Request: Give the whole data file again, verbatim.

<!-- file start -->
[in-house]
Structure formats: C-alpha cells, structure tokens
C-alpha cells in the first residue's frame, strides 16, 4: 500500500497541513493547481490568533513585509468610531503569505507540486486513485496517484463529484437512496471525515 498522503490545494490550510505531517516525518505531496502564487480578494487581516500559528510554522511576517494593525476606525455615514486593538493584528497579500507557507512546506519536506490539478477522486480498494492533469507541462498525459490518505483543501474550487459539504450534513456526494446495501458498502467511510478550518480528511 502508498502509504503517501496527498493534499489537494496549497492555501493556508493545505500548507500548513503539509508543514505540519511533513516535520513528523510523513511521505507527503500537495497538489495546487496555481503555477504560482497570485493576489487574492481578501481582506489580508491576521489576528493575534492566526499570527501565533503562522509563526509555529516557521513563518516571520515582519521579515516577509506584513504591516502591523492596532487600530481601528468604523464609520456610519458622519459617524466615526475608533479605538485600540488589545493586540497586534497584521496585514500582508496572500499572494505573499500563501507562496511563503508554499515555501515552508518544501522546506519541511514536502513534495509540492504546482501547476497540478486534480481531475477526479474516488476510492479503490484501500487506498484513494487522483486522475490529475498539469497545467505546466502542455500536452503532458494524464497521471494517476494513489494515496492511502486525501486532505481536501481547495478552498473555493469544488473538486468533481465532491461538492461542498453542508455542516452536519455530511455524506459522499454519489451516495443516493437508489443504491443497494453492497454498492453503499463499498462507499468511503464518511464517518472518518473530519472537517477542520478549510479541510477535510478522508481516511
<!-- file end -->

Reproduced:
[in-house]
Structure formats: C-alpha cells, structure tokens
C-alpha cells in the first residue's frame, strides 16, 4: 500500500497541513493547481490568533513585509468610531503569505507540486486513485496517484463529484437512496471525515 498522503490545494490550510505531517516525518505531496502564487480578494487581516500559528510554522511576517494593525476606525455615514486593538493584528497579500507557507512546506519536506490539478477522486480498494492533469507541462498525459490518505483543501474550487459539504450534513456526494446495501458498502467511510478550518480528511 502508498502509504503517501496527498493534499489537494496549497492555501493556508493545505500548507500548513503539509508543514505540519511533513516535520513528523510523513511521505507527503500537495497538489495546487496555481503555477504560482497570485493576489487574492481578501481582506489580508491576521489576528493575534492566526499570527501565533503562522509563526509555529516557521513563518516571520515582519521579515516577509506584513504591516502591523492596532487600530481601528468604523464609520456610519458622519459617524466615526475608533479605538485600540488589545493586540497586534497584521496585514500582508496572500499572494505573499500563501507562496511563503508554499515555501515552508518544501522546506519541511514536502513534495509540492504546482501547476497540478486534480481531475477526479474516488476510492479503490484501500487506498484513494487522483486522475490529475498539469497545467505546466502542455500536452503532458494524464497521471494517476494513489494515496492511502486525501486532505481536501481547495478552498473555493469544488473538486468533481465532491461538492461542498453542508455542516452536519455530511455524506459522499454519489451516495443516493437508489443504491443497494453492497454498492453503499463499498462507499468511503464518511464517518472518518473530519472537517477542520478549510479541510477535510478522508481516511